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Pharmacy Bulletin

Pharmacy Bulletin

We share important prescription drug information to help you stay informed about updates concerning particular prescription medicines.

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Iqirvo Approved for Primary Biliary Cholangitis

On June 10, 2024, the U.S. Food and Drug Administration (FDA) approved Iqirvo® (elafibranor – Ipsen). It’s a peroxisome proliferator-activated receptor (PPAR) agonist for treating adults with primary biliary cholangitis (PBC). It should be used in combination with ursodeoxycholic acid (UDCA) for those patients who do not fully respond to UDCA. It can also be used as monotherapy for patients who cannot tolerate UDCA. Its recommended dose is 80mg orally once per day. Ipsen plans to launch Iqirvo in the U.S. market within the next week at a wholesale acquisition cost (WAC) of about $11,500 for a month’s supply. Full prescribing information can be found here.

At a Glance

  • Brand Drug: Iqirvo (elafibranor)
  • Manufacturer: Ipsen and GENFIT
  • Date Approved: June 10, 2024
  • Indication: for the treatment of primary biliary cholangitis (PBC) in combination with ursodeoxycholic acid (UDCA) in adults who have an inadequate response to UDCA, or as monotherapy in patients unable to tolerate UDCA
  • Dosage Forms Available: 80mg oral tablets
  • Launch Date: Within the next week
  • Estimated Annual Cost: approximately $138,000 per year
  • PBC is an inflammatory autoimmune condition that destroys bile ducts. As a result, bile gradually accumulates in the liver, eventually causing irreversible liver damage. PBC is a major cause of liver transplants.
  • PBC affects about 100,000 U.S. patients, but its onset is gradual, so most patients typically are not diagnosed with it until after the age of 30. Between 75% and 90% of patients are women.
  • While its mechanism is not fully understood, Iqirvo is believed to function by inhibiting bile acid synthesis through the activation of PPAR-alpha and PPAR-delta receptors.
  • Accelerate approval was granted based on the results of the phase III ELATIVE trial. In this trial, a higher percentage of patients receiving Iqirvo showed reduced levels of alkaline phosphatase (ALP), a surrogate marker of response, compared to those receiving standard treatment alone (51% versus 4%, respectively).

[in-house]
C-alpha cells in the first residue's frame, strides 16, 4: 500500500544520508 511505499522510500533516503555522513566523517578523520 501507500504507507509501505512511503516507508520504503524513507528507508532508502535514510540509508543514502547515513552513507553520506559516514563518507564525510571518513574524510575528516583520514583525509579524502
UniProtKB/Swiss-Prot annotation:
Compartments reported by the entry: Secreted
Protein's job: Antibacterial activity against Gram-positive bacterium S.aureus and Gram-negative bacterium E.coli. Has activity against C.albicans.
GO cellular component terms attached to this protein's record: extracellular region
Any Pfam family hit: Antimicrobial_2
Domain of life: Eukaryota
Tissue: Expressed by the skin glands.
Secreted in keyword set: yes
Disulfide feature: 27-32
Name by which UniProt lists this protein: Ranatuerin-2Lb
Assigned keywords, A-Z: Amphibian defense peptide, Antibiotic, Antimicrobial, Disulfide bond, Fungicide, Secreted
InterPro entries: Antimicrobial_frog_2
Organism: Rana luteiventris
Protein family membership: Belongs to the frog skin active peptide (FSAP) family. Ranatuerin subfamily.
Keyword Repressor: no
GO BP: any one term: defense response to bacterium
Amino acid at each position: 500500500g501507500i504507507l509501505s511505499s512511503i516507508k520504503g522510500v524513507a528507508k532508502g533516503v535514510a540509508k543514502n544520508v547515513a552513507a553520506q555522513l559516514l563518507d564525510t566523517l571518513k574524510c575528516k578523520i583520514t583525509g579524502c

• The most frequent adverse events (AEs) were weight gain, abdominal pain, nausea, vomiting, and diarrhea.
  • Iqirvo may cause muscle pain (myalgia), or weakness (myopathy), or lead to muscle breakdown (rhabdomyolysis). Patients should be checked for these symptoms before starting the drug, and therapy should be stopped if new or worsening muscle problems occur.
  • Liver function tests should also be evaluated before starting treatment with Iqirvo and regularly monitored while receiving therapy.
  • Since unborn babies may be injured, women who may become pregnant during treatment with Iqirvo should use reliable forms of contraception (non-hormonal) or add a barrier method of contraception until at least three weeks after therapy ends.
  • Ocaliva® (obeticholic acid – Intercept), a farnesoid X receptor (FXR) agonist, is also indicated for the treatment of PBC in patients whose response to UDCA is considered inadequate (as an add-on to UDCA) and as a monotherapy for patients unable to tolerate UDCA.
  • Gilead’s seladeplar is another oral PPAR agonist being developed to treat PBC. The FDA is expected to rule on this drug by Aug. 14, 2024.
  • Iqirvo was approved under an Accelerated Approval, so continued approval for this indication may be contingent upon verification and description of clinical benefit in confirmatory trials. It has also received a Breakthrough Therapy designation.